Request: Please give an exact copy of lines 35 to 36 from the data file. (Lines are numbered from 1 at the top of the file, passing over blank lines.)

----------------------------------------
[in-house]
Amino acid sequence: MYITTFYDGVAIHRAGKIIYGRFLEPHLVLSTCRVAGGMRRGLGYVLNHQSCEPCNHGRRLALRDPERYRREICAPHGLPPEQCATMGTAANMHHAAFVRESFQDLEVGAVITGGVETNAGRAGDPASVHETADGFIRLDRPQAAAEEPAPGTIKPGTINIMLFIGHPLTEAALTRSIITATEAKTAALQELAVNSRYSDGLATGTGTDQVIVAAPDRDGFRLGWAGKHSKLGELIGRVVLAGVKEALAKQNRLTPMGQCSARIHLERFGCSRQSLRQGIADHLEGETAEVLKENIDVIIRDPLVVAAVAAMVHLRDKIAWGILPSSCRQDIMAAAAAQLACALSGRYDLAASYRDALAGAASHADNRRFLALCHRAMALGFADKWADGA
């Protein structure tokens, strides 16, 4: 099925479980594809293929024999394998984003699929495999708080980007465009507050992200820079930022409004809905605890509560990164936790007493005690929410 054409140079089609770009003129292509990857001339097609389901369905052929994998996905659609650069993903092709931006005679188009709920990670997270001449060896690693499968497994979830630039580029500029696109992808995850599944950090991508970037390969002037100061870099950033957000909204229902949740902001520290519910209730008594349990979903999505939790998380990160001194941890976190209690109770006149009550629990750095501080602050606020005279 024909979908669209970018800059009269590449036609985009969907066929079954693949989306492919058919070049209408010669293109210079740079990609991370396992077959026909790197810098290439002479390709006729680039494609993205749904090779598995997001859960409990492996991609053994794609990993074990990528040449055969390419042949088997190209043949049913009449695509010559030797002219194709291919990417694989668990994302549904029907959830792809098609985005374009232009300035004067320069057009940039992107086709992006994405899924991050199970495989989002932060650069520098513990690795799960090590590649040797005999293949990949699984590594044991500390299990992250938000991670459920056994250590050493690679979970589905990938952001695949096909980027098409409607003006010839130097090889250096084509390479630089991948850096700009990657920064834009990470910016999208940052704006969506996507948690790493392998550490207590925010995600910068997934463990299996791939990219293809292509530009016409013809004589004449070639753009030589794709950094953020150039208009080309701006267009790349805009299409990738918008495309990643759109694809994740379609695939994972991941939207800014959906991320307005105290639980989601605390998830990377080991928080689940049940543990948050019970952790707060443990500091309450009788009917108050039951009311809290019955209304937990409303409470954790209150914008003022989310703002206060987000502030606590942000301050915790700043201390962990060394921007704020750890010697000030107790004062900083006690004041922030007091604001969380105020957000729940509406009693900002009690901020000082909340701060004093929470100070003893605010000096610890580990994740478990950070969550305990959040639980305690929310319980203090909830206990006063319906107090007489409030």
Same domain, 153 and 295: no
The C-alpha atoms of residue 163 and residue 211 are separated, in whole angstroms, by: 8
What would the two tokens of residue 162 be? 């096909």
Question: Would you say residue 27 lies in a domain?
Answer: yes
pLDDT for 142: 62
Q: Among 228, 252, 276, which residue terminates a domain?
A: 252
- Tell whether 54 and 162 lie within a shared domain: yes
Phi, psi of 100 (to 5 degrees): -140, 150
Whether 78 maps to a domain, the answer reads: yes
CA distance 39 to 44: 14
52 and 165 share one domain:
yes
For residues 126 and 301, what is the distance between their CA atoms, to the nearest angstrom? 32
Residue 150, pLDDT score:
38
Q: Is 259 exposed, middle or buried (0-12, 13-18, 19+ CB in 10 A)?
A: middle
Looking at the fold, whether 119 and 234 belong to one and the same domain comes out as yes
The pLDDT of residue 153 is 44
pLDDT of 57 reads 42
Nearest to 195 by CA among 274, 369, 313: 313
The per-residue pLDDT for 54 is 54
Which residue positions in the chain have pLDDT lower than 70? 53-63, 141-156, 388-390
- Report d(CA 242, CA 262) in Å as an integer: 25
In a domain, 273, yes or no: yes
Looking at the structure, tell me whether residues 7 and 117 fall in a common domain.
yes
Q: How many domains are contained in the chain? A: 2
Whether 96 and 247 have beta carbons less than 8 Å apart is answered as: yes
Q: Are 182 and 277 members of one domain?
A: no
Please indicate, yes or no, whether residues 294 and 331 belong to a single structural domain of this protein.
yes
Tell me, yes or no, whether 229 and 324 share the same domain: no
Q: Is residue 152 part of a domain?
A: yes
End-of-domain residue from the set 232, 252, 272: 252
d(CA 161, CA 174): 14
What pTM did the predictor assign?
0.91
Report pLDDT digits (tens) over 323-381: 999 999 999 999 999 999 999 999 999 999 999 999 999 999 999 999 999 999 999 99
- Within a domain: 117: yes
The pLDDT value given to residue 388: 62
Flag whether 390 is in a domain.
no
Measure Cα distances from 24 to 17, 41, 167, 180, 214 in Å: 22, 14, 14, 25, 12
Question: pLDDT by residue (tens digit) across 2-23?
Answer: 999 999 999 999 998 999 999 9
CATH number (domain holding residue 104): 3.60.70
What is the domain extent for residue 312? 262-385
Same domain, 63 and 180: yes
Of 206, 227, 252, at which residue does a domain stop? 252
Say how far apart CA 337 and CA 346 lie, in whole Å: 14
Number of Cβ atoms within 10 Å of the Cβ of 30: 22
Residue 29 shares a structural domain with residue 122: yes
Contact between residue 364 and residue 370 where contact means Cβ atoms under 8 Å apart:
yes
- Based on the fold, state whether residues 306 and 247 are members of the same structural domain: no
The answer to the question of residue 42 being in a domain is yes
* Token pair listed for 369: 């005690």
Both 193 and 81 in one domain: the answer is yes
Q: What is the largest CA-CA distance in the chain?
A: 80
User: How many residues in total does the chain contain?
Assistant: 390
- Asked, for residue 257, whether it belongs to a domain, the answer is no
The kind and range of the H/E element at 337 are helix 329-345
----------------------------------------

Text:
Q: Are 182 and 277 members of one domain?
A: no